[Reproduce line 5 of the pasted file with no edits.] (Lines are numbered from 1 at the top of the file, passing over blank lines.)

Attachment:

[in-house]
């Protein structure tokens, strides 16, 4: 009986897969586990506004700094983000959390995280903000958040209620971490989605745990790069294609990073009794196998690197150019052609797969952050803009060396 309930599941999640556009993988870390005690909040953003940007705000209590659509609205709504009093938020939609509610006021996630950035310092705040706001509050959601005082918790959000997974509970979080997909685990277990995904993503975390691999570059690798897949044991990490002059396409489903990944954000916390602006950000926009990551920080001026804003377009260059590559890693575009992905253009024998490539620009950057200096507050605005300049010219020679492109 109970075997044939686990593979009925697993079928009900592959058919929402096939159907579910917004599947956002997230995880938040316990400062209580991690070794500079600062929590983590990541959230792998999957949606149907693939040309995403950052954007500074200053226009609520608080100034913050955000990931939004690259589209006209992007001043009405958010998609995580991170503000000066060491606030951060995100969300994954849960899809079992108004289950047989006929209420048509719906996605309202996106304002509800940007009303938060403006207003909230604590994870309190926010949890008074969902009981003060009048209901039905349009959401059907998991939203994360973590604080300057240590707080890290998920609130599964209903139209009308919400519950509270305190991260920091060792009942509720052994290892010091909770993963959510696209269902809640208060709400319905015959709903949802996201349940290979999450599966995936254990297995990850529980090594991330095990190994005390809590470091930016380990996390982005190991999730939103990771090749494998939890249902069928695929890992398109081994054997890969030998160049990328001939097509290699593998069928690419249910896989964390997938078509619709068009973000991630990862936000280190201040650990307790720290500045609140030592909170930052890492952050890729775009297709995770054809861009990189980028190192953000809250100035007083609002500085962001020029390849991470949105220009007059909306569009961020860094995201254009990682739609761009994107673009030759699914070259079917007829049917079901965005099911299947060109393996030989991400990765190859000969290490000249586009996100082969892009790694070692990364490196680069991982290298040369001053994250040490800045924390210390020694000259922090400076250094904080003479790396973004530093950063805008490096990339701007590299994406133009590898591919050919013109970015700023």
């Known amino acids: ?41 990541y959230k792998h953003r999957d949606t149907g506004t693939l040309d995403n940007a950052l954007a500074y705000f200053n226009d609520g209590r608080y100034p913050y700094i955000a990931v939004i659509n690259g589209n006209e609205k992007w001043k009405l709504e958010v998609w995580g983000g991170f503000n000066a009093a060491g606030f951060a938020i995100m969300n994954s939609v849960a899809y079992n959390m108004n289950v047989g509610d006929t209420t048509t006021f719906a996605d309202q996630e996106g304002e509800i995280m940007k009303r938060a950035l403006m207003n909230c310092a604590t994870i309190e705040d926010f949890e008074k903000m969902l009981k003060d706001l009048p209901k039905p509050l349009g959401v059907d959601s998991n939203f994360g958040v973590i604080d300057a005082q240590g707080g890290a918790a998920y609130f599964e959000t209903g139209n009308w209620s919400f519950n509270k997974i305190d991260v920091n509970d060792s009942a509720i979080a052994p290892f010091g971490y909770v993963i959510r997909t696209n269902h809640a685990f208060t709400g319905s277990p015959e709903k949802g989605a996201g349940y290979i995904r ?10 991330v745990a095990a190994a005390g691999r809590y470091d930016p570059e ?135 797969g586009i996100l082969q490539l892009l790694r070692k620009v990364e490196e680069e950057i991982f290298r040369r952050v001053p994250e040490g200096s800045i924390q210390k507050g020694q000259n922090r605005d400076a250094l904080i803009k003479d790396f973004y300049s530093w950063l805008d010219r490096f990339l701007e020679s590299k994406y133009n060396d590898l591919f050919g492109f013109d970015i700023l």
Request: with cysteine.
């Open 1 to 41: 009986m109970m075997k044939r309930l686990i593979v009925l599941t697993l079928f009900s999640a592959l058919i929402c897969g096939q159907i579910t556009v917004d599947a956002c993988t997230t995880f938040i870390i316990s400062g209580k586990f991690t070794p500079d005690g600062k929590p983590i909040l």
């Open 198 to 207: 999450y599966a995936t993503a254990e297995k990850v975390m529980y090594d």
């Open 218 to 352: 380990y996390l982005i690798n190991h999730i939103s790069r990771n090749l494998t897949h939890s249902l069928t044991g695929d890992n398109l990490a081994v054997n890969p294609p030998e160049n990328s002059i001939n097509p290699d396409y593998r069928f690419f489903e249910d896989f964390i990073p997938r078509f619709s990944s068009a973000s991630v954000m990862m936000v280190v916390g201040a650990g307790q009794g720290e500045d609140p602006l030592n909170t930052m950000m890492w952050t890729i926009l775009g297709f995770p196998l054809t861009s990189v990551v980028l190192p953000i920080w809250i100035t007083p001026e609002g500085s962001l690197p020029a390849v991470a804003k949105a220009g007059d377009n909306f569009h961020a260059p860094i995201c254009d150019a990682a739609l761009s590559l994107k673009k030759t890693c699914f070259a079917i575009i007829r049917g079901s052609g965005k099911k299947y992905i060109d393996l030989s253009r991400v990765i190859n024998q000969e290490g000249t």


């Open 1 to 41: 009986m109970m075997k044939r309930l686990i593979v009925l599941t697993l079928f009900s999640a592959l058919i929402c897969g096939q159907i579910t556009v917004d599947a956002c993988t997230t995880f938040i870390i316990s400062g209580k586990f991690t070794p500079d005690g600062k929590p983590i909040l």